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Brooks Memorial Library Board of Trustees President Jerry Goldberg, left, and Library Director Jerry Carbone listen to proceedings at last year’s Brattleboro Representative Town Meeting.

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Brooks Memorial Library receives $1.2 million bequest

BRATTLEBORO—Ronald James “Ron” Read of Brattleboro was a simple man who lead a quiet life.

Read died in June 2014 at the age of 92, but his memory will live on for years to come, thanks to an extraordinary gift.

Last week, the Brooks Memorial Library learned it would received a bequest of more than $1.2 million from Read’s estate for the library’s current endowment fund.

“It was an amazing surprise,” said Library Director Jerry Carbone. “We’re pretty sure that this is the largest bequest made to the library since the one made by George J. Brooks in 1886 that started it all.”

Read was a graduate of Brattleboro High School, Class of 1940, the first member of his family to earn a high school diploma. After graduation, he worked as a mechanic at his brother Frank’s garage, Haviland’s Service Station on High Street.

He served in the Army as a military policeman in World War II, mostly in the European Theater, with a quick stop in Okinawa just after the Japanese surrrender in August 1945.

He returned to Brattleboro on Christmas Day, 1945, and went back to work at Haviland’s. He retired in 1979, after his brother sold the garage.

Restless in retirement, he later went back to work in 1980 as a part-time janitor at the former JC Penney store on Putney Road until his second retirement in 1987.

He loved chopping wood, puttering around the house, collecting stamps and coins and, in his later years, regularly visiting the Brooks Memorial Library.

Carbone called Read a “self-made man who knew how this institution can change people’s lives. It was his gift to the community.”

He also said that Read was “a shrewd investor who did quite well with his money.”

Jerry Goldberg, president of the library board of trustees, said Read “was just a guy who knew how to buy stock. He picked companies that were good and solid and held onto them.”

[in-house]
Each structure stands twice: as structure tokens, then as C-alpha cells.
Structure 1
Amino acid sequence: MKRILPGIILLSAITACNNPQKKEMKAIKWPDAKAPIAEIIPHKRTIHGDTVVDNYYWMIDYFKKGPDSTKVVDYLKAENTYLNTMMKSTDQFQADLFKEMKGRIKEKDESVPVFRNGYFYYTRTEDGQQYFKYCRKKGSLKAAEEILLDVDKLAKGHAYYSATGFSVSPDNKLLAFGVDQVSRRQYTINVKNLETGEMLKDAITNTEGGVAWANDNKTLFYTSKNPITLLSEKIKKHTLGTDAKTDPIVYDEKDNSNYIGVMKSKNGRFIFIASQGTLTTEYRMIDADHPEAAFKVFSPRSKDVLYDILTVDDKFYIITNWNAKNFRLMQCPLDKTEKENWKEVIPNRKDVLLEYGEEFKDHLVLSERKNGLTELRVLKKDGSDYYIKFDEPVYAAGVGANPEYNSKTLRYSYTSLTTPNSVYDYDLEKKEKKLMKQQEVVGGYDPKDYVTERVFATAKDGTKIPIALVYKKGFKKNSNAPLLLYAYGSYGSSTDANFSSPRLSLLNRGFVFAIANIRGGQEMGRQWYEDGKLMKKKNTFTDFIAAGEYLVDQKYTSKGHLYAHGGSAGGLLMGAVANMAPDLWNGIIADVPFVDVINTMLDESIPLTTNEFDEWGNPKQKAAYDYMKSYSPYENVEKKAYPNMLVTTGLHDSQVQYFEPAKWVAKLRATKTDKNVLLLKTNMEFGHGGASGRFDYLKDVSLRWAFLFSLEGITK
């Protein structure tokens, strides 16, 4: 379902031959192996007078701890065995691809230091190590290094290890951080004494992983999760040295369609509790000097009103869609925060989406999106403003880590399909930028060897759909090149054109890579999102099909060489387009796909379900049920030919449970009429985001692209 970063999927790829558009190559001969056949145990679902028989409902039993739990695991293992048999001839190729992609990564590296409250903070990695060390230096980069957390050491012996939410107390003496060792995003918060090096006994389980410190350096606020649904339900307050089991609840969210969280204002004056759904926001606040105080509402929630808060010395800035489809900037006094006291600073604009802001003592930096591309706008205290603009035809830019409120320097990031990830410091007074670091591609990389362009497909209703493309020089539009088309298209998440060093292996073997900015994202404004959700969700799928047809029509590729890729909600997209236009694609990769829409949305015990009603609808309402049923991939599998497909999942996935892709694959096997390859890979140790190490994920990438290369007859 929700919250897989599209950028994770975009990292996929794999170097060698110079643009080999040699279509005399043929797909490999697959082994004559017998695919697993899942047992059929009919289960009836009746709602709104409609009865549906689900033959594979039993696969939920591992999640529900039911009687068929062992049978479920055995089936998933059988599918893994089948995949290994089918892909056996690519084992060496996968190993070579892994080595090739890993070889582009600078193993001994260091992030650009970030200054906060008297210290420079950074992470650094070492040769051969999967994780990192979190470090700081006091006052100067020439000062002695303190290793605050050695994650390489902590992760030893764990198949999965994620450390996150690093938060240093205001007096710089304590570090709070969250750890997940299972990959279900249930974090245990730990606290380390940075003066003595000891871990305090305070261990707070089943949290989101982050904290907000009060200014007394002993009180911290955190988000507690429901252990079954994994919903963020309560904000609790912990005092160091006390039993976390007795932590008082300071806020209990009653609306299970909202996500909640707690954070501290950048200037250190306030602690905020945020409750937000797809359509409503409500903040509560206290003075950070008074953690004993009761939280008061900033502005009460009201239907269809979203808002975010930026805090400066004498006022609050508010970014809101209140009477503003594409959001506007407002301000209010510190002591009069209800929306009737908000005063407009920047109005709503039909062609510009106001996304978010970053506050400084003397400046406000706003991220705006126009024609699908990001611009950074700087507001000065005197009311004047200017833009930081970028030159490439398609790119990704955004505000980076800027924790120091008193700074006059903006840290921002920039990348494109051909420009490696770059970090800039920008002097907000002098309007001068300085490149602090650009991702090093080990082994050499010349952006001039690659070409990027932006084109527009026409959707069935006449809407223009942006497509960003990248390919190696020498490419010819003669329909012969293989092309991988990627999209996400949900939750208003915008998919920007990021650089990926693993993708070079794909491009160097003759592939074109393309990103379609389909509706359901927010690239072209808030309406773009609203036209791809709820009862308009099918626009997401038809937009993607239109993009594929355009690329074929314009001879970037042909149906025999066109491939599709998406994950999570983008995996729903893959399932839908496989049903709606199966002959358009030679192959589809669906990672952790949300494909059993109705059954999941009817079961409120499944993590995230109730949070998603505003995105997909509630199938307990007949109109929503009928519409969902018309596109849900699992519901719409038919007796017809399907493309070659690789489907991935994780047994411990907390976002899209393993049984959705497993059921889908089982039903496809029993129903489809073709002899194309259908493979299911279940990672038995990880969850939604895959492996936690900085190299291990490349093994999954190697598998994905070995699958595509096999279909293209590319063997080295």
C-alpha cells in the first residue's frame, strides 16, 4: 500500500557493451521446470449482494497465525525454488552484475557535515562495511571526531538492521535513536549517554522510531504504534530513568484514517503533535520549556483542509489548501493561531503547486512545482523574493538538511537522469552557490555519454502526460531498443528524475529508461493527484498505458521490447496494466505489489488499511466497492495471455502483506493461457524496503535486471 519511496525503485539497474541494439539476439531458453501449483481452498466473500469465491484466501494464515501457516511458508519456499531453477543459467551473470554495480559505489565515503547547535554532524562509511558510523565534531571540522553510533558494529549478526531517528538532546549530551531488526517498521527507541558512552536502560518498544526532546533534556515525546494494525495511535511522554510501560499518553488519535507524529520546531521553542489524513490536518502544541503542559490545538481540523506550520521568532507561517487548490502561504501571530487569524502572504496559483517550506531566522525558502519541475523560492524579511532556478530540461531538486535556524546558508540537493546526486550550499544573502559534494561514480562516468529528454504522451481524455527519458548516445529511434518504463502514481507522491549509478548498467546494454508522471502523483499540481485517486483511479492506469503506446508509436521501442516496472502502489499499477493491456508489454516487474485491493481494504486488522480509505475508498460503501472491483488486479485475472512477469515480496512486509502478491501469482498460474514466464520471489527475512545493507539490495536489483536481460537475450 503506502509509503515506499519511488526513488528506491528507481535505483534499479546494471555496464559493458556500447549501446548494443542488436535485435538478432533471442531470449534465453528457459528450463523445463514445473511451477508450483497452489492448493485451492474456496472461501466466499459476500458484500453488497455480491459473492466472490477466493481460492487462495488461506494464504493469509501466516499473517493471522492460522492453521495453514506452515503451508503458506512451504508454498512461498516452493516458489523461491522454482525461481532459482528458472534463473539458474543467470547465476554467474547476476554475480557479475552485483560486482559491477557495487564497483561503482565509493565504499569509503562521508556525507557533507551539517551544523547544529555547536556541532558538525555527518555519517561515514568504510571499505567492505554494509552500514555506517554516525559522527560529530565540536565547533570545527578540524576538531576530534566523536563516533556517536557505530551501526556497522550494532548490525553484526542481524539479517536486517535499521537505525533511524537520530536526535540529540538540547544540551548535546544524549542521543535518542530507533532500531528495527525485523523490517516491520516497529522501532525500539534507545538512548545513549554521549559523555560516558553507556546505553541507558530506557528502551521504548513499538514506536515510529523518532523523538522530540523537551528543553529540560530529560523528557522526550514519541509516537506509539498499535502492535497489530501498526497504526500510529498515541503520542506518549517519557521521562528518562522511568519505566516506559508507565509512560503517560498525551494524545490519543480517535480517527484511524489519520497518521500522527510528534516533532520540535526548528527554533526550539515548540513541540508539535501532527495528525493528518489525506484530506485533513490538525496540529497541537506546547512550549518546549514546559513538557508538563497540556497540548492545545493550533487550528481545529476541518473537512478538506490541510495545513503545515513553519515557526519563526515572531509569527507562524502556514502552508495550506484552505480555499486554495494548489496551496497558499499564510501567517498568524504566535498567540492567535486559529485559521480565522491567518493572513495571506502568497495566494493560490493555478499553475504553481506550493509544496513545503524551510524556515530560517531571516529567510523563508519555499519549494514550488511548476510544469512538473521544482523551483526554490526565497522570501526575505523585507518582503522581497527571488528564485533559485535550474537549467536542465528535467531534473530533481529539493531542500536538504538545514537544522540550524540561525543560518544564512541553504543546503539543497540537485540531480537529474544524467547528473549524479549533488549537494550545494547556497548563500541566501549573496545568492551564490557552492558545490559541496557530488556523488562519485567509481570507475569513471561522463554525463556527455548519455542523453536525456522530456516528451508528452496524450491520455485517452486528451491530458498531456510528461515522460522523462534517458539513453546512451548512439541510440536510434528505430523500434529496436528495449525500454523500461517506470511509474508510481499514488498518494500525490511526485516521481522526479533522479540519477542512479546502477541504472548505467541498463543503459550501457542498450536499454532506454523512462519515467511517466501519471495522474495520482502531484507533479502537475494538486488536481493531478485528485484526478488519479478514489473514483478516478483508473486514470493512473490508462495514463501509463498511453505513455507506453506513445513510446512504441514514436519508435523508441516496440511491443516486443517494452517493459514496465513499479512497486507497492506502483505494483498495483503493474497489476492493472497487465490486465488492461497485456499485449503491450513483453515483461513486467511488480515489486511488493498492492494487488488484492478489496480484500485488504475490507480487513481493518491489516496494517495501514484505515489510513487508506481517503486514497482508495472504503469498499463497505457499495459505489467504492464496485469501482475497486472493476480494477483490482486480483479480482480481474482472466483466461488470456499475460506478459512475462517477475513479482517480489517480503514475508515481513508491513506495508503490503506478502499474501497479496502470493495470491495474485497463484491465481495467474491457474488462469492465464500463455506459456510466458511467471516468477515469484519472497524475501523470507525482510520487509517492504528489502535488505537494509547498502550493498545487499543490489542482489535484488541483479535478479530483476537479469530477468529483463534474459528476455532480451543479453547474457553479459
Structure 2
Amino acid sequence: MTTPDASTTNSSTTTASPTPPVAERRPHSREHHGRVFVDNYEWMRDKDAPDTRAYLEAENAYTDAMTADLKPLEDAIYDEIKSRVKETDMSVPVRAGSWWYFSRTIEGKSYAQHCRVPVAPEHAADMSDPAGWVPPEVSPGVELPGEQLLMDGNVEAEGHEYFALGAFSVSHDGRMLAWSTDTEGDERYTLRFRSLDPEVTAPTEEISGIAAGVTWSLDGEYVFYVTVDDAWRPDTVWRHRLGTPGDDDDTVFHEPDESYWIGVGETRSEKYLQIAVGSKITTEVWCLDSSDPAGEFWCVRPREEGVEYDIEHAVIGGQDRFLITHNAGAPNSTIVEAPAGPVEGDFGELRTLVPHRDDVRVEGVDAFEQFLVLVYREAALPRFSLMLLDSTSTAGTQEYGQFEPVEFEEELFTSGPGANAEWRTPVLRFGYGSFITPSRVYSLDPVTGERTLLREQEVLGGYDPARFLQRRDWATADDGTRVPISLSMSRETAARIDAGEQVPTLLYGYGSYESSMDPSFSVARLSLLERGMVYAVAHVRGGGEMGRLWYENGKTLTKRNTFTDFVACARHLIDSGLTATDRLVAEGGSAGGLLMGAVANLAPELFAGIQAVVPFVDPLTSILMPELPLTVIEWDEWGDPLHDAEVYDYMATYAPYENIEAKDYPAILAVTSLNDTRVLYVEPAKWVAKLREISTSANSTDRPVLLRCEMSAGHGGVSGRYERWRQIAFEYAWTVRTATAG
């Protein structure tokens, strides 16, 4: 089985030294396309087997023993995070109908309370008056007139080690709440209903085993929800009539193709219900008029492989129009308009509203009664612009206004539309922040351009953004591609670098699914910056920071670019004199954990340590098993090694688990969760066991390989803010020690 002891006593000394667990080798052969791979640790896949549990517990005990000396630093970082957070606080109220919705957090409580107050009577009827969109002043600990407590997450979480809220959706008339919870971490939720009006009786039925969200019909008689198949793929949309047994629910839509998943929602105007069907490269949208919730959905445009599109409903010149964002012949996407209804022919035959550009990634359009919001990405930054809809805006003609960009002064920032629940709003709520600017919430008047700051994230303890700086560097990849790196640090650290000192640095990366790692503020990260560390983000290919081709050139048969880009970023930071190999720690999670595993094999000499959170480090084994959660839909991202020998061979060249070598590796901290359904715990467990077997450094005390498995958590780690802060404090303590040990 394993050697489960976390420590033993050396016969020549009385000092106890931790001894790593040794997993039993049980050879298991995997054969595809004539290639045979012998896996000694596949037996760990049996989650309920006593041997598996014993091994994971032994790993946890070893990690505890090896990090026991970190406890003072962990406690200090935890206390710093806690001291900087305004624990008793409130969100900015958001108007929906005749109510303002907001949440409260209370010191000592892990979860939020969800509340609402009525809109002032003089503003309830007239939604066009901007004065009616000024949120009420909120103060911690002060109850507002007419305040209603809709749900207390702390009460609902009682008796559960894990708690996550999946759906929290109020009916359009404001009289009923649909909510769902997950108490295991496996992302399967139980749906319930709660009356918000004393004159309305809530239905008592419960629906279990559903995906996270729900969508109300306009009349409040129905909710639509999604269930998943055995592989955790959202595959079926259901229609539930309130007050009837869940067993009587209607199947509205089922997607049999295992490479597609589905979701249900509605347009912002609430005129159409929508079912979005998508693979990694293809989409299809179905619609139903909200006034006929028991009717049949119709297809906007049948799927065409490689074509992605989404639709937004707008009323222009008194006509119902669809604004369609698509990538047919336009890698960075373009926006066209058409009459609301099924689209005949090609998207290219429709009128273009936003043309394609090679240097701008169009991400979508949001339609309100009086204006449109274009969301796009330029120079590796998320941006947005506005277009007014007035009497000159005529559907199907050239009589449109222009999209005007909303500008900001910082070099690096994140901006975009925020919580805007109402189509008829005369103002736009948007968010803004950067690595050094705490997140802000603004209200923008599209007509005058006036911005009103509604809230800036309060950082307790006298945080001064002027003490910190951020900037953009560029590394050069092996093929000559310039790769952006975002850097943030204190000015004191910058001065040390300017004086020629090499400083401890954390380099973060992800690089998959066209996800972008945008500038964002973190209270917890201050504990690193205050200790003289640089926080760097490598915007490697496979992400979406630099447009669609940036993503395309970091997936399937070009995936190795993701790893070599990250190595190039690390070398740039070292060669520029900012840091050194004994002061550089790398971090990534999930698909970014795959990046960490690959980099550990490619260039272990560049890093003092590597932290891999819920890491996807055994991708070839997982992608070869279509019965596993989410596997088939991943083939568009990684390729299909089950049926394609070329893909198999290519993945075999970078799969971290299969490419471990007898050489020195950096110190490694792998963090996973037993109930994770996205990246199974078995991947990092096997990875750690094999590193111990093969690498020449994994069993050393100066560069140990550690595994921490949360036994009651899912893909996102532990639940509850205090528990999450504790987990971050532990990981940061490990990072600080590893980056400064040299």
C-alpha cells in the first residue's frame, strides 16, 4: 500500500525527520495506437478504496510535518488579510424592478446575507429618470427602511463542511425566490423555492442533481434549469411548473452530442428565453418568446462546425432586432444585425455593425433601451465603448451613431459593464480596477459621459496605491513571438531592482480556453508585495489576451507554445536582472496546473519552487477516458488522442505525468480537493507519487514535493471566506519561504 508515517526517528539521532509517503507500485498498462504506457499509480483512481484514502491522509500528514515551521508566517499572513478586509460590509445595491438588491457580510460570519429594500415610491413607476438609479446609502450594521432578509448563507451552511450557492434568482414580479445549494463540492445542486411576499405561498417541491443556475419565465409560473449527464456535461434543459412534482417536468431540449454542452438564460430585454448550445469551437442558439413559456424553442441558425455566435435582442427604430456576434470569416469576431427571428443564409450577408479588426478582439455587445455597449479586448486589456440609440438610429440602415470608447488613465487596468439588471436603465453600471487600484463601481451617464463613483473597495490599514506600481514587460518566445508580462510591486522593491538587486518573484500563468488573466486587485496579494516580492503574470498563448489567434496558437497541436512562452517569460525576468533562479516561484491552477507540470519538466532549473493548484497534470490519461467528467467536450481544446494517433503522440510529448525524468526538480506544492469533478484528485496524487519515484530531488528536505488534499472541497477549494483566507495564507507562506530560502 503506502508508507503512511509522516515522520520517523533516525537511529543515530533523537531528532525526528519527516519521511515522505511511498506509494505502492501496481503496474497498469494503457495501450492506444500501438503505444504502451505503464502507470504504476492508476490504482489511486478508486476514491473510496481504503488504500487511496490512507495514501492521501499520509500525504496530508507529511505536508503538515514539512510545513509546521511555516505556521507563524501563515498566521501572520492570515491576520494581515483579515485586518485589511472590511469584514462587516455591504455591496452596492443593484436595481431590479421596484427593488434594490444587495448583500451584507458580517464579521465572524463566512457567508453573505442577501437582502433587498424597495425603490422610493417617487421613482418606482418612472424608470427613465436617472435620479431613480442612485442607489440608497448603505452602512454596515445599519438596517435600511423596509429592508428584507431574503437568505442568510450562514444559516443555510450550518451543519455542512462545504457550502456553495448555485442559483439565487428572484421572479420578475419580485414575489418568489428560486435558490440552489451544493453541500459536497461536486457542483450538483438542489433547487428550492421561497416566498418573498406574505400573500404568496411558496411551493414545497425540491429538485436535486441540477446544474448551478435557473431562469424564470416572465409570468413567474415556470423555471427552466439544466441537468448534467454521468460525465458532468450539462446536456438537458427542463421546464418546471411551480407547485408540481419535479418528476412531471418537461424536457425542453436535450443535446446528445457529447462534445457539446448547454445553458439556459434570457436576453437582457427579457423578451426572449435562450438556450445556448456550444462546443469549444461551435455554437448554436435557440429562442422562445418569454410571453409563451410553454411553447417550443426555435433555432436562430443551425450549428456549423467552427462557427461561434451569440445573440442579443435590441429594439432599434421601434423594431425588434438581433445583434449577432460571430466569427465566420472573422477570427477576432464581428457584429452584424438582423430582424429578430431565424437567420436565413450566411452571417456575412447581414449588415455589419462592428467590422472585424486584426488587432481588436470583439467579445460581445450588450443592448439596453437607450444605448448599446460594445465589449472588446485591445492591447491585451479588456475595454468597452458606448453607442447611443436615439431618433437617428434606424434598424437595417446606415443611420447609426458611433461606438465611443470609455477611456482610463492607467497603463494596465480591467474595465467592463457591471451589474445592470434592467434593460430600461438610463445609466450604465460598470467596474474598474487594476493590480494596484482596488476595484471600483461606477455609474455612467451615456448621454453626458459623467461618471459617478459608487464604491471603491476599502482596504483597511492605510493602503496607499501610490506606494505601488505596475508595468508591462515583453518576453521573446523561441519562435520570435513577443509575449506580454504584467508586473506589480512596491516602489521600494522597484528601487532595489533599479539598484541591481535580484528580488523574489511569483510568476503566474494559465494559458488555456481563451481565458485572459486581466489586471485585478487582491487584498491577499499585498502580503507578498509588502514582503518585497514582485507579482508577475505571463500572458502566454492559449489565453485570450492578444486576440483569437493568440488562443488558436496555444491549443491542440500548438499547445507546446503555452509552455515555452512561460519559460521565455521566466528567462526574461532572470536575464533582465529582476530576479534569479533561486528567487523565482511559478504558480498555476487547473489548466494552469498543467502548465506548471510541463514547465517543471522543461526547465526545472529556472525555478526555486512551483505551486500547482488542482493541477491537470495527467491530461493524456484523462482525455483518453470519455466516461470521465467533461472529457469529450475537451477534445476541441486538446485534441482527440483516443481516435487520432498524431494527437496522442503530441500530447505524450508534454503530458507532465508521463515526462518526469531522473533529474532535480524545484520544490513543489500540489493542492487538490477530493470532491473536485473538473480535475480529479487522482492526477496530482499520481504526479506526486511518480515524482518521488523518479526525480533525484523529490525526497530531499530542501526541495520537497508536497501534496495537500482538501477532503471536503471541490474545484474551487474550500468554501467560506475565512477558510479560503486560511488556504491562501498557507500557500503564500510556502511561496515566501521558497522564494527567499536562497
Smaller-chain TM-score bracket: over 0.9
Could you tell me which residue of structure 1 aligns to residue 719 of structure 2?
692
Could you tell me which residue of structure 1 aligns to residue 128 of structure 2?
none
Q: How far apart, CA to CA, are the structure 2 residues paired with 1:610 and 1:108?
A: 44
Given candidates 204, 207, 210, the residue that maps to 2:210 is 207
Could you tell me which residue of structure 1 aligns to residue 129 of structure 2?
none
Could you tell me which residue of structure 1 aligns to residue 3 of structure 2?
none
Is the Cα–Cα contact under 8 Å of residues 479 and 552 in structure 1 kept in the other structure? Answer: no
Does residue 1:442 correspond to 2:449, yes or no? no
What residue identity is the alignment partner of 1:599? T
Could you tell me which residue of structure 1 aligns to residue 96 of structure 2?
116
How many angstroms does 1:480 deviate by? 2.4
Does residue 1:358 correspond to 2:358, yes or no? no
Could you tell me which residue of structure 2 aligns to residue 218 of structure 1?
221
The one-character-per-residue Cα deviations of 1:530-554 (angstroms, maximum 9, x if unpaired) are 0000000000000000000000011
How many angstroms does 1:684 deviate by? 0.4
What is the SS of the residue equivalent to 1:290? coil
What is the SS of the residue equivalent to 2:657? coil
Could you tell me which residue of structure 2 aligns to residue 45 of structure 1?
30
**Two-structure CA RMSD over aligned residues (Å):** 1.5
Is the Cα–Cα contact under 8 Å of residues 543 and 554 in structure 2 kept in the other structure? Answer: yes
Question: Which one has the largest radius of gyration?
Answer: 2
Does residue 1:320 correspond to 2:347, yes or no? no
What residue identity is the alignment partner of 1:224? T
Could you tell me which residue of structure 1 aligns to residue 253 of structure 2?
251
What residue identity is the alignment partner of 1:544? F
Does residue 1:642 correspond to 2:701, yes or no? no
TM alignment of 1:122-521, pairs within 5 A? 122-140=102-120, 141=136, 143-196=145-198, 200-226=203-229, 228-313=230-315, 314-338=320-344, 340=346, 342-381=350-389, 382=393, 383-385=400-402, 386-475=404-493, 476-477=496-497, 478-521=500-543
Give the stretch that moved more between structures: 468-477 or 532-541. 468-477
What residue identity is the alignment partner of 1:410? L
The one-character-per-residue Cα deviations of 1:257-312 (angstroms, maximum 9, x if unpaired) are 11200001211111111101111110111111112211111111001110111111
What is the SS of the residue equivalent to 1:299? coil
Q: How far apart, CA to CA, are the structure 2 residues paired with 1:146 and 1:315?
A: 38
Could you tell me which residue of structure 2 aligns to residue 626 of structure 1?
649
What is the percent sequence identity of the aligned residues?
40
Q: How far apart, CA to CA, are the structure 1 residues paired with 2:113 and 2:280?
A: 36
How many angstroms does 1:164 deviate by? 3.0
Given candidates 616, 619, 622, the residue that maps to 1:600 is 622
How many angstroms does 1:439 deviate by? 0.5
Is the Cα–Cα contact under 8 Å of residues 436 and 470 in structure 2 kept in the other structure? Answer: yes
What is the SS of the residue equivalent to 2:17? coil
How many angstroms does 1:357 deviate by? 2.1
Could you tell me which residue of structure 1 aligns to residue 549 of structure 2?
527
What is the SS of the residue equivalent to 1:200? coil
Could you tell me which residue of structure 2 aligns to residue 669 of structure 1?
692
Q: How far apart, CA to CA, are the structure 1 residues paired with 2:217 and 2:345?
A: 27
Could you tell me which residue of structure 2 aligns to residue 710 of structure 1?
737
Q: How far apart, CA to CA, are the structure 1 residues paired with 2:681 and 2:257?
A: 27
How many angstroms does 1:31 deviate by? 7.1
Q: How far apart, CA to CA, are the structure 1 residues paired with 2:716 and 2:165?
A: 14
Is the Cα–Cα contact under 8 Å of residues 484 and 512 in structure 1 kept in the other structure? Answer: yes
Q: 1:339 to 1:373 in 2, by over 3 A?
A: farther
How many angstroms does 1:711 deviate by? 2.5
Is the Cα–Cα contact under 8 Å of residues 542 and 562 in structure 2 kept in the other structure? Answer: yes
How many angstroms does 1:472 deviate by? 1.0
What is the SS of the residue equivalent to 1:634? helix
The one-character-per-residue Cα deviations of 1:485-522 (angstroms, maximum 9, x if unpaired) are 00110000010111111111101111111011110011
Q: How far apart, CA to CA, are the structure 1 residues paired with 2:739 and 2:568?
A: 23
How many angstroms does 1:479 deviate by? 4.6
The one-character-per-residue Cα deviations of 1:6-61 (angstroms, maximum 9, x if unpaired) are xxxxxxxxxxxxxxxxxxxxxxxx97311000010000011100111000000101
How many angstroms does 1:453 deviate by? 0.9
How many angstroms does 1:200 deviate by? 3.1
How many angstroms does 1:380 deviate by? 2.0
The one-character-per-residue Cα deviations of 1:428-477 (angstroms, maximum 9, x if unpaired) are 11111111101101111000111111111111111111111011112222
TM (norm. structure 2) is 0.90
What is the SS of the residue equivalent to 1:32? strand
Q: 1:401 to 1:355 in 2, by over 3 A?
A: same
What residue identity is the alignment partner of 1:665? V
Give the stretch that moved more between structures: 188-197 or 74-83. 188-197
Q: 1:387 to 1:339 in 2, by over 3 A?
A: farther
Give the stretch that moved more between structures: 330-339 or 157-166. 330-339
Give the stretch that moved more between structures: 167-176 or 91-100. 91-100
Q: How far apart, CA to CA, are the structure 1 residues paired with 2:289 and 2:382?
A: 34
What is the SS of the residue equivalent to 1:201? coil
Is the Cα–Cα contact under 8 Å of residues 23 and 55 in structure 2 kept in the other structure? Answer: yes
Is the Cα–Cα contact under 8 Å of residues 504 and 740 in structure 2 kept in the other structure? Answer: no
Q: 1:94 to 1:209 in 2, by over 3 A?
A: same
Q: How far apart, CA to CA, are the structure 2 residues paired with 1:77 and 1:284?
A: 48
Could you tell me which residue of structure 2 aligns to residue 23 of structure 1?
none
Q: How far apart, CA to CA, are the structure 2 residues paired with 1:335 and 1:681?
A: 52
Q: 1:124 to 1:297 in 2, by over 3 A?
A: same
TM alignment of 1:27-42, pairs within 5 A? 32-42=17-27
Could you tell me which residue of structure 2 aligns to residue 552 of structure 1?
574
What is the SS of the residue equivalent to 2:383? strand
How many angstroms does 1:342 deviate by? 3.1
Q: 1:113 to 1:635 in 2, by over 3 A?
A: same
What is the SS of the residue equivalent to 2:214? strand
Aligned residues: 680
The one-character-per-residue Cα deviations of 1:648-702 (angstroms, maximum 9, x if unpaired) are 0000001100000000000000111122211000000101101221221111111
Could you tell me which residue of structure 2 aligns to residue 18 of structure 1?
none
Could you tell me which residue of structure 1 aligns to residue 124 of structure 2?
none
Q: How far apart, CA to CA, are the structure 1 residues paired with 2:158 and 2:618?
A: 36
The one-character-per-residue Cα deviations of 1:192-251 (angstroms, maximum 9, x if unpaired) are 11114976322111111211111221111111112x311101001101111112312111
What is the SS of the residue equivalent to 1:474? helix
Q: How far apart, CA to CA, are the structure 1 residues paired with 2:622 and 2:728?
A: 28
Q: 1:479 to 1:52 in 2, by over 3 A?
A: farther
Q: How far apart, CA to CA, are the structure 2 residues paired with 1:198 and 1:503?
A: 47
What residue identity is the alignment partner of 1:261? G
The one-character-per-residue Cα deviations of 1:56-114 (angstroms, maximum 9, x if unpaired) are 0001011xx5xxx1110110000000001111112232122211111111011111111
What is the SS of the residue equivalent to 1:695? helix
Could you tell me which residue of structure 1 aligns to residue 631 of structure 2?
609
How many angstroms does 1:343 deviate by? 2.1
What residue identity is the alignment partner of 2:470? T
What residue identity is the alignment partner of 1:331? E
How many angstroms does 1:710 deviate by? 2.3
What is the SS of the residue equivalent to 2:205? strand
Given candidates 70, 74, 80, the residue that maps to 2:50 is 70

The list of investments from his estate was three pages long, Goldberg said, and his portfolio was conservative, but profitable.

Carbone said the bequest was “transformative” and that it will “help guarantee the future viability and sustainability of the library.”

Years of level-funding by the town, combined with ever-increasing operating costs, has squeezed the library’s operations.

In 2011, the library cut back its operating hours from 56 hours a week to 50 hours a week, and eliminated 24 part-time hours.

Carbone said the first thing the money will be used for is restoring staffing and hours to pre-2011 levels.

“People have been asking for extended hours for over three years now,” said Carbone.

Also on the wish list is dealing with what Carbone called “many deferred capital needs.”

This includes technology upgrades, reconfiguring library space to accommodate more computer stations, as well as more books, and generally sprucing up the library.

Expanding the collection and funding special programming and events at the library are also priorities.

Carbone said the Read bequest doesn’t mean that the library will be less dependent on town funds to operate.

“From the very beginning, when George Brooks made his first bequest, he envisioned a public library supported by the community as a community resource. We still need all types of support — including taxpayer funding and the private fundraising that the Friends of the Library does — to maintain the quality of our collections and programs.”

The quality of the library’s offerings was something Read appreciated, Goldberg said.

“He felt it was a worthwhile place, as being a social service for everyone in the community. It’s good to know that so many people agree, and realize the value that a strong library brings to a town.”

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Originally published in The Commons issue #291 (Wednesday, February 4, 2015). This story appeared on page A1.

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